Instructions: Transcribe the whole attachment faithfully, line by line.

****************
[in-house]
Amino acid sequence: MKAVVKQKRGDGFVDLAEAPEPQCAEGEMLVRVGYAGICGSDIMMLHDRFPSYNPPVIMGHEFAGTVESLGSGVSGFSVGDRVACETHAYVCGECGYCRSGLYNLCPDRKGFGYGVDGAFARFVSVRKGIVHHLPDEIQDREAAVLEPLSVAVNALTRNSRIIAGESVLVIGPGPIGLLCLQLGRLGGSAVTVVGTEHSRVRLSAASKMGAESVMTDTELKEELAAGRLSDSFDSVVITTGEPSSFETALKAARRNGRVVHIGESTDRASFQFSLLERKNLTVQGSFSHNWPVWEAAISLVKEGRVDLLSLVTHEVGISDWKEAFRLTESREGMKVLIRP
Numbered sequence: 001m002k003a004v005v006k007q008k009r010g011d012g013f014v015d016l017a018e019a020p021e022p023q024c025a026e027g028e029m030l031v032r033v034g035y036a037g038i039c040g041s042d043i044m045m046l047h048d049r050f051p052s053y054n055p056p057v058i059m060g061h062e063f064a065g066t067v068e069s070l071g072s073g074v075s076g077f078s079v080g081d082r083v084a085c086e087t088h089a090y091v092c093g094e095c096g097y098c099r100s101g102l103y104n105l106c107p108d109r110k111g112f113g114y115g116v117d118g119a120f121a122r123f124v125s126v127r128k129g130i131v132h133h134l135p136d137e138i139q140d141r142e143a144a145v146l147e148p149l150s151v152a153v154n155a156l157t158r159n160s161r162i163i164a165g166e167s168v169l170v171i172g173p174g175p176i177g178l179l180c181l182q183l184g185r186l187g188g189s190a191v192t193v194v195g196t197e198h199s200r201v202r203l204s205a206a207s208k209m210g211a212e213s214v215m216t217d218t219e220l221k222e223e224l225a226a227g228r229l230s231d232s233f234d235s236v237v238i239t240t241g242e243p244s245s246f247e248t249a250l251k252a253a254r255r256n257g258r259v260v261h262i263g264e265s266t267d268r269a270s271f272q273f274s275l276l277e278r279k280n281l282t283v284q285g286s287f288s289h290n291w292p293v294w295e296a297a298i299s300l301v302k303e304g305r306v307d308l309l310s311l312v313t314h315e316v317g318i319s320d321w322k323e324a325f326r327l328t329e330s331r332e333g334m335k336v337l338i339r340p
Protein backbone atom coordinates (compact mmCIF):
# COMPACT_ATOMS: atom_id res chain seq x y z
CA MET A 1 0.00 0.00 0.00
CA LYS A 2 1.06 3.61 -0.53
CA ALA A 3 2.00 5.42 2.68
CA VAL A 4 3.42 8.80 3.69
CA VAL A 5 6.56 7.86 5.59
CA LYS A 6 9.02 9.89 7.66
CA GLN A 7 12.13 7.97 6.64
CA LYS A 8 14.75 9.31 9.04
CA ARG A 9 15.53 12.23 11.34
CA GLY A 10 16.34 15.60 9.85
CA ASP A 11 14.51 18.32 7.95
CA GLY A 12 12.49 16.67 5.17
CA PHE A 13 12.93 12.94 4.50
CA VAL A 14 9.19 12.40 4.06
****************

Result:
[in-house]
Amino acid sequence: MKAVVKQKRGDGFVDLAEAPEPQCAEGEMLVRVGYAGICGSDIMMLHDRFPSYNPPVIMGHEFAGTVESLGSGVSGFSVGDRVACETHAYVCGECGYCRSGLYNLCPDRKGFGYGVDGAFARFVSVRKGIVHHLPDEIQDREAAVLEPLSVAVNALTRNSRIIAGESVLVIGPGPIGLLCLQLGRLGGSAVTVVGTEHSRVRLSAASKMGAESVMTDTELKEELAAGRLSDSFDSVVITTGEPSSFETALKAARRNGRVVHIGESTDRASFQFSLLERKNLTVQGSFSHNWPVWEAAISLVKEGRVDLLSLVTHEVGISDWKEAFRLTESREGMKVLIRP
Numbered sequence: 001m002k003a004v005v006k007q008k009r010g011d012g013f014v015d016l017a018e019a020p021e022p023q024c025a026e027g028e029m030l031v032r033v034g035y036a037g038i039c040g041s042d043i044m045m046l047h048d049r050f051p052s053y054n055p056p057v058i059m060g061h062e063f064a065g066t067v068e069s070l071g072s073g074v075s076g077f078s079v080g081d082r083v084a085c086e087t088h089a090y091v092c093g094e095c096g097y098c099r100s101g102l103y104n105l106c107p108d109r110k111g112f113g114y115g116v117d118g119a120f121a122r123f124v125s126v127r128k129g130i131v132h133h134l135p136d137e138i139q140d141r142e143a144a145v146l147e148p149l150s151v152a153v154n155a156l157t158r159n160s161r162i163i164a165g166e167s168v169l170v171i172g173p174g175p176i177g178l179l180c181l182q183l184g185r186l187g188g189s190a191v192t193v194v195g196t197e198h199s200r201v202r203l204s205a206a207s208k209m210g211a212e213s214v215m216t217d218t219e220l221k222e223e224l225a226a227g228r229l230s231d232s233f234d235s236v237v238i239t240t241g242e243p244s245s246f247e248t249a250l251k252a253a254r255r256n257g258r259v260v261h262i263g264e265s266t267d268r269a270s271f272q273f274s275l276l277e278r279k280n281l282t283v284q285g286s287f288s289h290n291w292p293v294w295e296a297a298i299s300l301v302k303e304g305r306v307d308l309l310s311l312v313t314h315e316v317g318i319s320d321w322k323e324a325f326r327l328t329e330s331r332e333g334m335k336v337l338i339r340p
Protein backbone atom coordinates (compact mmCIF):
# COMPACT_ATOMS: atom_id res chain seq x y z
CA MET A 1 0.00 0.00 0.00
CA LYS A 2 1.06 3.61 -0.53
CA ALA A 3 2.00 5.42 2.68
CA VAL A 4 3.42 8.80 3.69
CA VAL A 5 6.56 7.86 5.59
CA LYS A 6 9.02 9.89 7.66
CA GLN A 7 12.13 7.97 6.64
CA LYS A 8 14.75 9.31 9.04
CA ARG A 9 15.53 12.23 11.34
CA GLY A 10 16.34 15.60 9.85
CA ASP A 11 14.51 18.32 7.95
CA GLY A 12 12.49 16.67 5.17
CA PHE A 13 12.93 12.94 4.50
CA VAL A 14 9.19 12.40 4.06